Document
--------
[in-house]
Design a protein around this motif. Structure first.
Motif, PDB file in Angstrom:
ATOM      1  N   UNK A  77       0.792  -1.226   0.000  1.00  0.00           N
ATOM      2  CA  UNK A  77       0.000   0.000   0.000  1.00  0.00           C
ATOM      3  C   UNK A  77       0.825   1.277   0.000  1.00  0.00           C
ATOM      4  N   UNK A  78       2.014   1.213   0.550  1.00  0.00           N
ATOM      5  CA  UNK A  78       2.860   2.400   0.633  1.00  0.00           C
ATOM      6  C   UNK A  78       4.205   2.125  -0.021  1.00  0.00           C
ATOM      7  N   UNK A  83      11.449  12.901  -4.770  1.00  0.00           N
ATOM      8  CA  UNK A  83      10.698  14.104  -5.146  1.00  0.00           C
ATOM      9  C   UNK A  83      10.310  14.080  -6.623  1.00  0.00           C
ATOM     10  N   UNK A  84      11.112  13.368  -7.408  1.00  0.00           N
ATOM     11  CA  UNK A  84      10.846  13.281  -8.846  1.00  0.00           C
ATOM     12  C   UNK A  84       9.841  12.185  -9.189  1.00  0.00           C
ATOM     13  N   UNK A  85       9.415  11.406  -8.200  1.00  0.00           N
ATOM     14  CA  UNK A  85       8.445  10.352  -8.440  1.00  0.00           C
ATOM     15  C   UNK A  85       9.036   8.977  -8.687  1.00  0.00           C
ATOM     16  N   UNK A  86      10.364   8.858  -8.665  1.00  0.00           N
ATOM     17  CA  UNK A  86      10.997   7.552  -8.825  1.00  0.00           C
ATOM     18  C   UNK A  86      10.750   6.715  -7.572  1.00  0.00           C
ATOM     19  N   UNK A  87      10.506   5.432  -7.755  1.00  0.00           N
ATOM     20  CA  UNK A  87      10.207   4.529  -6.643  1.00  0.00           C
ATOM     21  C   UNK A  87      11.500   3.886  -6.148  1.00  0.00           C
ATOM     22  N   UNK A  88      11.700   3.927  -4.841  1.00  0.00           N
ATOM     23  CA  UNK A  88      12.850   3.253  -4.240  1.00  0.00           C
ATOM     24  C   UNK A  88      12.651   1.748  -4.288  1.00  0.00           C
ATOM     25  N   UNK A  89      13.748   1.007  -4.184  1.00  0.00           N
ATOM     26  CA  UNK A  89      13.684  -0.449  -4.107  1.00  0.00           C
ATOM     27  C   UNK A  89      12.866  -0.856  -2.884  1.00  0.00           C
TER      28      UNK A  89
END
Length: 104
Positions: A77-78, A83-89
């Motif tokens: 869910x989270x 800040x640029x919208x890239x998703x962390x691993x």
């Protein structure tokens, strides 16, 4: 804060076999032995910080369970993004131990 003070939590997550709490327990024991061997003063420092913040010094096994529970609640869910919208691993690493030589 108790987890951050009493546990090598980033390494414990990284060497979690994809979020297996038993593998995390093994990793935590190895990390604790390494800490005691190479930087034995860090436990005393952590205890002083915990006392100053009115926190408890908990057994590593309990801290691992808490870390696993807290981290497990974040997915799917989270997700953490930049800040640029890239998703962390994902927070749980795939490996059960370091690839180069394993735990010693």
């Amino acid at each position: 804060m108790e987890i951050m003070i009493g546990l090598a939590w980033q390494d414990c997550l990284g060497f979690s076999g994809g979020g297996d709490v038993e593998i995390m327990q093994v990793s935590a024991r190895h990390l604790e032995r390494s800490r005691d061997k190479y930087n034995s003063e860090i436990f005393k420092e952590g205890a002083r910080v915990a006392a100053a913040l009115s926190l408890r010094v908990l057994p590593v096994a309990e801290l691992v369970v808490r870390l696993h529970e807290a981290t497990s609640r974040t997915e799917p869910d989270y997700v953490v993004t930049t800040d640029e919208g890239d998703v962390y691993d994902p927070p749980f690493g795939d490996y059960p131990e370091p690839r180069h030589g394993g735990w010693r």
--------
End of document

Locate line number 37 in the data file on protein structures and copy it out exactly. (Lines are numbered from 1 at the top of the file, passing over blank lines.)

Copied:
């Amino acid at each position: 804060m108790e987890i951050m003070i009493g546990l090598a939590w980033q390494d414990c997550l990284g060497f979690s076999g994809g979020g297996d709490v038993e593998i995390m327990q093994v990793s935590a024991r190895h990390l604790e032995r390494s800490r005691d061997k190479y930087n034995s003063e860090i436990f005393k420092e952590g205890a002083r910080v915990a006392a100053a913040l009115s926190l408890r010094v908990l057994p590593v096994a309990e801290l691992v369970v808490r870390l696993h529970e807290a981290t497990s609640r974040t997915e799917p869910d989270y997700v953490v993004t930049t800040d640029e919208g890239d998703v962390y691993d994902p927070p749980f690493g795939d490996y059960p131990e370091p690839r180069h030589g394993g735990w010693r």